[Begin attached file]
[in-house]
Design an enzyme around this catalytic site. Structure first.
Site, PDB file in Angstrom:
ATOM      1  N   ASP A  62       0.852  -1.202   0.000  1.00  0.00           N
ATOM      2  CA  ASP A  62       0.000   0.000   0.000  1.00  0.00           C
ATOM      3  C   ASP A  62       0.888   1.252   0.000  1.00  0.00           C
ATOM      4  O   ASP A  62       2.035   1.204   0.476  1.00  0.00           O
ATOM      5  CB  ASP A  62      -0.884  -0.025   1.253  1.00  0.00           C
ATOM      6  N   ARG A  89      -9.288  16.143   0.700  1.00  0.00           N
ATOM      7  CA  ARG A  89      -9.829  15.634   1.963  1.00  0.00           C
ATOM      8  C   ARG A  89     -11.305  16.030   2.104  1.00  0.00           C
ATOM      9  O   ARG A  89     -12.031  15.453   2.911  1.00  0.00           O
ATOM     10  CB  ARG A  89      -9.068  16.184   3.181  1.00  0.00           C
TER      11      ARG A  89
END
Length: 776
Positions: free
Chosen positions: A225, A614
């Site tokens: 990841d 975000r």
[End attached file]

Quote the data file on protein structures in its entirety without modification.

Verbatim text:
[in-house]
Design an enzyme around this catalytic site. Structure first.
Site, PDB file in Angstrom:
ATOM      1  N   ASP A  62       0.852  -1.202   0.000  1.00  0.00           N
ATOM      2  CA  ASP A  62       0.000   0.000   0.000  1.00  0.00           C
ATOM      3  C   ASP A  62       0.888   1.252   0.000  1.00  0.00           C
ATOM      4  O   ASP A  62       2.035   1.204   0.476  1.00  0.00           O
ATOM      5  CB  ASP A  62      -0.884  -0.025   1.253  1.00  0.00           C
ATOM      6  N   ARG A  89      -9.288  16.143   0.700  1.00  0.00           N
ATOM      7  CA  ARG A  89      -9.829  15.634   1.963  1.00  0.00           C
ATOM      8  C   ARG A  89     -11.305  16.030   2.104  1.00  0.00           C
ATOM      9  O   ARG A  89     -12.031  15.453   2.911  1.00  0.00           O
ATOM     10  CB  ARG A  89      -9.068  16.184   3.181  1.00  0.00           C
TER      11      ARG A  89
END
Length: 776
Positions: free
Chosen positions: A225, A614
């Site tokens: 990841d 975000r």